“Achieving Oneness in Marriage,” Family Home Evening Resource Book (1997), 239
“Achieving Oneness in Marriage,” Family Home Evening Resource Book, 239
“If each spouse is forever seeking the interests, comforts, and happiness of the other, the love … will grow” (Spencer W. Kimball, Marriage and Divorce [Salt Lake City: Deseret Book, Co., 1976], p. 23).
Unity in marriage is an important foundation for rearing children successfully. If a husband and wife do not support each other, they greatly weaken their influence with their children. However, if they are humble and strive to achieve greater unity, they can teach their children valuable lessons, both formally and informally.
President Spencer W. Kimball stated: “It is certain that almost any good man and any good woman can have happiness and a successful marriage if both are willing to pay the price” (Marriage and Divorce, p. 16). That is a bold statement in a time when so many marriages seem so troubled.
If one spouse is striving honestly to live a gospel-centered life, which includes unconditional love and proper respect for agency, the marriage may not fail. However, if both honor their gospel commitments, the marriage can certainly become a celestial marriage.
In examining your role in promoting oneness in your marriage, consider the following questions:
Do I acknowledge myself and my companion as persons of worth and value (see Ephesians 5:28–29)?
Am I willing to see my partner as my best friend?
Am I willing to put the interest of my marriage and partner first?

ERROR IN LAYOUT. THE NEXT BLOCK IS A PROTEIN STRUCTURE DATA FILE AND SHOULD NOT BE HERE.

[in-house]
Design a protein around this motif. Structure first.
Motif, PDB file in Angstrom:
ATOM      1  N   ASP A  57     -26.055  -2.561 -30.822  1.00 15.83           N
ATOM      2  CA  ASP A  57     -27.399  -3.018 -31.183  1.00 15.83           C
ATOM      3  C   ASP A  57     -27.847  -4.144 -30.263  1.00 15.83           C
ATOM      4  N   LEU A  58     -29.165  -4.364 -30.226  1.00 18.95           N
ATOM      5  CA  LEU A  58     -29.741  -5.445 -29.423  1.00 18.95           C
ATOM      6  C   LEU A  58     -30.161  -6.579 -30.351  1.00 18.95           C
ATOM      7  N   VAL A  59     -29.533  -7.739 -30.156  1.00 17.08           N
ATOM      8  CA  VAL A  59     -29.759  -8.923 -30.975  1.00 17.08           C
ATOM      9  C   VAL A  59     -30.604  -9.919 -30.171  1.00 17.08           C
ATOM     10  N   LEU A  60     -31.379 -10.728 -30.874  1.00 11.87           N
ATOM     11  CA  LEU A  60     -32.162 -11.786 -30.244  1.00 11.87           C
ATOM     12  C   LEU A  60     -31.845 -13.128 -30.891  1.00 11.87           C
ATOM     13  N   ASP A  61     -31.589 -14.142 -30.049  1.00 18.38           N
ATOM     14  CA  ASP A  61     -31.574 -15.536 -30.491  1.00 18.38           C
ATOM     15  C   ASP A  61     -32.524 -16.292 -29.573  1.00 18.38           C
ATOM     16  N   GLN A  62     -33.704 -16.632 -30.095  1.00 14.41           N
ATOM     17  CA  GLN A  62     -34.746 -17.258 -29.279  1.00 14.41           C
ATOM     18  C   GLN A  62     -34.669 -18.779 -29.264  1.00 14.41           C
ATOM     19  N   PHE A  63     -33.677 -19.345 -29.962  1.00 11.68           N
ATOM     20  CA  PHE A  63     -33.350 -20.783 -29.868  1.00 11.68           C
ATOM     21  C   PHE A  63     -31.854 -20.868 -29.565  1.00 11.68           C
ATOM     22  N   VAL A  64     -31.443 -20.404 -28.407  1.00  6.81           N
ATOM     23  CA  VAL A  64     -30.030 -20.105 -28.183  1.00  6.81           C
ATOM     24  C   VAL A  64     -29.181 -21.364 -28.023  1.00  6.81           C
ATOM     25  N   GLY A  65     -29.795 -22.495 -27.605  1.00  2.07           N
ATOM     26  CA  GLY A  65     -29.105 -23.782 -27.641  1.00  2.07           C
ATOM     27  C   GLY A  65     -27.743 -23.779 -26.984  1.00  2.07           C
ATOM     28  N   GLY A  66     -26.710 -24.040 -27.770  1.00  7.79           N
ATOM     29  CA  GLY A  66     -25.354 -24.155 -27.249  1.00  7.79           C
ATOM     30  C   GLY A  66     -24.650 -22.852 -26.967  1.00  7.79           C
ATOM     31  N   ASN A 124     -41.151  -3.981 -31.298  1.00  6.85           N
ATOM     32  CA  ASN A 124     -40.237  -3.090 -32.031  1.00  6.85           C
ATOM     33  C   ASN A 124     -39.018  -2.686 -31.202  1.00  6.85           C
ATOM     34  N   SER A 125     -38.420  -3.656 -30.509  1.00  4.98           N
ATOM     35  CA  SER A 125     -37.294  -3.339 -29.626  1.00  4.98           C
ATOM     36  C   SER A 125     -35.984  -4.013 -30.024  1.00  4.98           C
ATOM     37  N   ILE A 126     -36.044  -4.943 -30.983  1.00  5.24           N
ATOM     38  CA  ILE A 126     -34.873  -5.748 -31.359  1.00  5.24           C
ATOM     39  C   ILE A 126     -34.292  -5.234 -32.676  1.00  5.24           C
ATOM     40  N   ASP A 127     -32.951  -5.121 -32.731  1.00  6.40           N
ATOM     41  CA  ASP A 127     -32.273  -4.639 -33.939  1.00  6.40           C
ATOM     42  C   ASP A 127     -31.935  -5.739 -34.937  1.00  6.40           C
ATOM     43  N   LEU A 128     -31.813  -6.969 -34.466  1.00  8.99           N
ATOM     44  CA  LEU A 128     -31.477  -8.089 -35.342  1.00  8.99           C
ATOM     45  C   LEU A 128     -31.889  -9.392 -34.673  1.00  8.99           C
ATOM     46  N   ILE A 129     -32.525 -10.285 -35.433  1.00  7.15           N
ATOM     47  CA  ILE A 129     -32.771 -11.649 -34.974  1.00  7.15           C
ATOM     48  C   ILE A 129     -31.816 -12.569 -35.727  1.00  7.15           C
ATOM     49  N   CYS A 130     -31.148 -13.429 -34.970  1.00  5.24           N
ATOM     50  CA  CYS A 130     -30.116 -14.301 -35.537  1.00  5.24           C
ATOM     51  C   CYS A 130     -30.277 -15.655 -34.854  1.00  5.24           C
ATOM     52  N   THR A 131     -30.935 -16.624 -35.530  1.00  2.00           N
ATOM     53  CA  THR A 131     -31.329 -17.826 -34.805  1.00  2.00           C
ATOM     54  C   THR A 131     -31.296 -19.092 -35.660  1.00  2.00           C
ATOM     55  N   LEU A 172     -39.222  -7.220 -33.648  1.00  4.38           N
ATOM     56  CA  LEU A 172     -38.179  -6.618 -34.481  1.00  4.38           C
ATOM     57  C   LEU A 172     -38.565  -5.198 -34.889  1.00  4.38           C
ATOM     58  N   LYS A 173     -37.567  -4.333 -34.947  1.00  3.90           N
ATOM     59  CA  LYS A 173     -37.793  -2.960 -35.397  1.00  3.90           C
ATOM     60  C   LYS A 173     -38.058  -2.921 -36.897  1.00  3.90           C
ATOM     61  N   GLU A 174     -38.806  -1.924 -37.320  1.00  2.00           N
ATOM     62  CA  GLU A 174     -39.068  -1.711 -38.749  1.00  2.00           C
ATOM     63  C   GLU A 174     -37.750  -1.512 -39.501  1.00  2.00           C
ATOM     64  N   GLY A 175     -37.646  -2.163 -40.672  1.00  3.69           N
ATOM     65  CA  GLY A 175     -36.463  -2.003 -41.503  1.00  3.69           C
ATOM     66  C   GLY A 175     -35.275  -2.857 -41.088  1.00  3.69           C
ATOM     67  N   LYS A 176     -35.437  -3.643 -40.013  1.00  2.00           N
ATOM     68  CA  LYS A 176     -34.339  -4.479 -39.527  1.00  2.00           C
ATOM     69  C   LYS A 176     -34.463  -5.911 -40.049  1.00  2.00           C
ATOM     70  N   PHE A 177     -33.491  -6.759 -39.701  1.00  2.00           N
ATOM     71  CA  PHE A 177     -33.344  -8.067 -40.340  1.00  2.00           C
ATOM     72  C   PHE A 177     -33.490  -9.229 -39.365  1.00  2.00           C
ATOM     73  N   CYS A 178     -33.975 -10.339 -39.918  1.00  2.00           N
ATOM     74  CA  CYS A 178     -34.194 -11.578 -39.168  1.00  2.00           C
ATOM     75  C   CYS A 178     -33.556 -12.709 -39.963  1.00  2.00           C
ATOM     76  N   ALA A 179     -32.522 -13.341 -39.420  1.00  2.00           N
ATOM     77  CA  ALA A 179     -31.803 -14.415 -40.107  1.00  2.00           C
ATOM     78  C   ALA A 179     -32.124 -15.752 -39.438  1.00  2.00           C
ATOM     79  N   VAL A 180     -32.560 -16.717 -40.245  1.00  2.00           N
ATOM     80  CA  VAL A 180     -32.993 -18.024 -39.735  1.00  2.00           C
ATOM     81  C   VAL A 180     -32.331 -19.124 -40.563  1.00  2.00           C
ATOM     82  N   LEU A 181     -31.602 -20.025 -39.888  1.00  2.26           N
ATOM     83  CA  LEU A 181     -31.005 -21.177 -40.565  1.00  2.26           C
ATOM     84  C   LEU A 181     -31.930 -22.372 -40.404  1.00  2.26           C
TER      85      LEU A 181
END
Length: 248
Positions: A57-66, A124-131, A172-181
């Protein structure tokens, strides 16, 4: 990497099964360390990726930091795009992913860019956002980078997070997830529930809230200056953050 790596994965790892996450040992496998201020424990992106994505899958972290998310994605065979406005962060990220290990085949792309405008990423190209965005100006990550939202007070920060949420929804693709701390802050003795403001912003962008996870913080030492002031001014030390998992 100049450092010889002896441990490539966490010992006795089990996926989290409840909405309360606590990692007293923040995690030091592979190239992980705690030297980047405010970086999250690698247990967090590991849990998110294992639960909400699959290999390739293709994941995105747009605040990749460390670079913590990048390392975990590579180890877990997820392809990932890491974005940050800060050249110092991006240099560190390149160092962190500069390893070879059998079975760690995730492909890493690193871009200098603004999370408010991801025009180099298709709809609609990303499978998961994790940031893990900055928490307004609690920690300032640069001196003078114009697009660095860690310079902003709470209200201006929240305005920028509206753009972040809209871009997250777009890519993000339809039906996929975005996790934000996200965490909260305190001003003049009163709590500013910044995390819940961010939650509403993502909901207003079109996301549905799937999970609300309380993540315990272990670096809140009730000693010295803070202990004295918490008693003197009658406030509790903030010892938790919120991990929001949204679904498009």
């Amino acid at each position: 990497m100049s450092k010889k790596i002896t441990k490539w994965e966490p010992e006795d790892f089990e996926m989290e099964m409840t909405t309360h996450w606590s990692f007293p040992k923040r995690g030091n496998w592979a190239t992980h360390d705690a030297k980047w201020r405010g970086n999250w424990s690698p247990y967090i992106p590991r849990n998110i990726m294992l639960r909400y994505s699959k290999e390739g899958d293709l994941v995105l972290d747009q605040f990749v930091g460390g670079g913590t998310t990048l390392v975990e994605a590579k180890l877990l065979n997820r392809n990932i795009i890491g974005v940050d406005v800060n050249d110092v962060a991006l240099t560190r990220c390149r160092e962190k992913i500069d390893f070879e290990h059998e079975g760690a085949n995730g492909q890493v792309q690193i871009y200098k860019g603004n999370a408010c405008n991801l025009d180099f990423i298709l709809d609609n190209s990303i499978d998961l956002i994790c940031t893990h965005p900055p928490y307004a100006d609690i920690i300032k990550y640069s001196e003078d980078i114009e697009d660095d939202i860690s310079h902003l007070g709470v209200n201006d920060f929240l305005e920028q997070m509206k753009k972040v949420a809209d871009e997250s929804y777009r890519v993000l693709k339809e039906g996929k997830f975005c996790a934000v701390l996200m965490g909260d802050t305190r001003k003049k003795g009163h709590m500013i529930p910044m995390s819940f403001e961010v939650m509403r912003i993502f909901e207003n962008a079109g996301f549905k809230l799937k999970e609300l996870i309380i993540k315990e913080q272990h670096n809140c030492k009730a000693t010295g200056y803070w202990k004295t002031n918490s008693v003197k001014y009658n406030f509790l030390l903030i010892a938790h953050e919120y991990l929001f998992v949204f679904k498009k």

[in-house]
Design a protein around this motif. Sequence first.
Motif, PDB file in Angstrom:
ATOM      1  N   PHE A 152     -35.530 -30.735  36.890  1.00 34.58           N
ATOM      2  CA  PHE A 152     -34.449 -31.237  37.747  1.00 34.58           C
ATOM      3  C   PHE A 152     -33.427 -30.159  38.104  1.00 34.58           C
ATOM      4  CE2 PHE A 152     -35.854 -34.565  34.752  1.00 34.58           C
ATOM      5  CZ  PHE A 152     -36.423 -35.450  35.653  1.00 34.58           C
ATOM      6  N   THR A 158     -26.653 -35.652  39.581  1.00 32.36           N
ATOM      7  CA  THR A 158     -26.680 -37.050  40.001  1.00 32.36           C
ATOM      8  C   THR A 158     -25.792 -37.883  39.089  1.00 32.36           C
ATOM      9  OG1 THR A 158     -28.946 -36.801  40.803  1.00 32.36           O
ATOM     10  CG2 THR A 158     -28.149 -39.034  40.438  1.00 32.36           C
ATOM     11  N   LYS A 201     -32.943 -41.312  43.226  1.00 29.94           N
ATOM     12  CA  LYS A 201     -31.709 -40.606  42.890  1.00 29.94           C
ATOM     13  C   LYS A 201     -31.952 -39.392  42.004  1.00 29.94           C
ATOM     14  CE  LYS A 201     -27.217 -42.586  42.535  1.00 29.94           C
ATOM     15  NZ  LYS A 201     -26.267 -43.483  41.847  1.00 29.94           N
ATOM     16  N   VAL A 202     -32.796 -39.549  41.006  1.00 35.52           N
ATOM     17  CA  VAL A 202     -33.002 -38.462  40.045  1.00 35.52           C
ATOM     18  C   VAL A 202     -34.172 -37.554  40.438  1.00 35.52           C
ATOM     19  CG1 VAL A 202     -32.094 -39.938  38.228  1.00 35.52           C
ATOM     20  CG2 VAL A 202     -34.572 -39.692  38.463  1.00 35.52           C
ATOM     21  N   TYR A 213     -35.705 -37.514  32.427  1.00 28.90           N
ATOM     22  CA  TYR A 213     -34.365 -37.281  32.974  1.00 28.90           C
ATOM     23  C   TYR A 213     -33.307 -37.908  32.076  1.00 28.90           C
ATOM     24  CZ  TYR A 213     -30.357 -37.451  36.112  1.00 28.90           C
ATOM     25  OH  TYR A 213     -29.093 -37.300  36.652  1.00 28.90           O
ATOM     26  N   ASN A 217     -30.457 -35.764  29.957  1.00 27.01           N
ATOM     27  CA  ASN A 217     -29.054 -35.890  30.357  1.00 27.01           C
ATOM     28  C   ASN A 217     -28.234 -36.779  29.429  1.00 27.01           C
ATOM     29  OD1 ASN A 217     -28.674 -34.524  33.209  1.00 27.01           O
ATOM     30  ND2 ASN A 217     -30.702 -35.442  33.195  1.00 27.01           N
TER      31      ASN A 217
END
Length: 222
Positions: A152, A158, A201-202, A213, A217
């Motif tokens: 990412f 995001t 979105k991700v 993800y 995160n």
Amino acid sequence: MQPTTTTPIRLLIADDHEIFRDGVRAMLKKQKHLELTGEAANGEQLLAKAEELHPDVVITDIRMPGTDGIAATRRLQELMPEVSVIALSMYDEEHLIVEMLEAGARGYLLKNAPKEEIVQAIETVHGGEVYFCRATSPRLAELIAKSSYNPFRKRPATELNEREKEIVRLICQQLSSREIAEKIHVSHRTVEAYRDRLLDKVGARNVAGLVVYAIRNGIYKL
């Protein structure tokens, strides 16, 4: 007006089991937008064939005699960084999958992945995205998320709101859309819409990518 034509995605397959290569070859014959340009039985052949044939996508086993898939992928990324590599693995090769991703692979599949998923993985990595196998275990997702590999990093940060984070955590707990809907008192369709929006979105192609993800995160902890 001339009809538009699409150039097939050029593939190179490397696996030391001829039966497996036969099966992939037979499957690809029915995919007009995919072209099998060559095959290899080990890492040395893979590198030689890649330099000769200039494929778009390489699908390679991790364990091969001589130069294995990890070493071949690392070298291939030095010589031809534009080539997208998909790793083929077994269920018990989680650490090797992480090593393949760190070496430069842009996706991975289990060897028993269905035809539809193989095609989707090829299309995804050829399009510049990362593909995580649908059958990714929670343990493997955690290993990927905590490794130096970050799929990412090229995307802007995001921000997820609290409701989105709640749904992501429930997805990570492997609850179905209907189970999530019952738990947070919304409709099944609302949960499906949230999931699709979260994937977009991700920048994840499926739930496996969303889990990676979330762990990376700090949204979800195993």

Do I see how my selfish acts hurt my spouse?
Do I seek spiritual guidance in resolving disagreements?
Obedience to the commandments helps us achieve oneness in marriage. When husbands and wives repent of their wrongdoings, strive to overcome their shortcomings, and seek righteousness, they can become one.
President Ezra Taft Benson gave husbands the following counsel:
“Once you determine that a high priority in your life is to see that your wife and your children are happy, then you will do all in your power to do so. I am not just speaking of satisfying material desires, but of filling other vital needs such as appreciation, compliments, comforting, encouraging, listening, and giving love and affection.” (In Conference Report, Apr. 1981, p. 47; or Ensign, May 1981, p. 34.)
The following example shows how one unhappy marriage was improved because of a simple change in attitude. Each of us should pray for help in recognizing and overcoming our own imperfections and not be overly critical of our spouse.
Linda was suffering in an unloving marriage. When asked to name one good quality her husband possessed, she resisted. It seemed ridiculous to her that any good thing remained in her husband. She was pressed to think of something.
Finally, she thought of one positive trait and then another. She began to soften her heart toward her husband. She knew he was not perfect, but she no longer condemned him. Rather, she turned her heart to him, and her suffering decreased. She saw that by her own hardness of heart she had unknowingly helped promote much of their contention.
“A marriage may not always be even and incident-less, but it can be one of great peace. A couple may have poverty, illness, disappointment, failures, and even death in the family, but even these will not rob them of their peace. The marriage can be successful so long as selfishness does not enter in.” (Spencer W. Kimball, Marriage and Divorce, pp. 19–22.)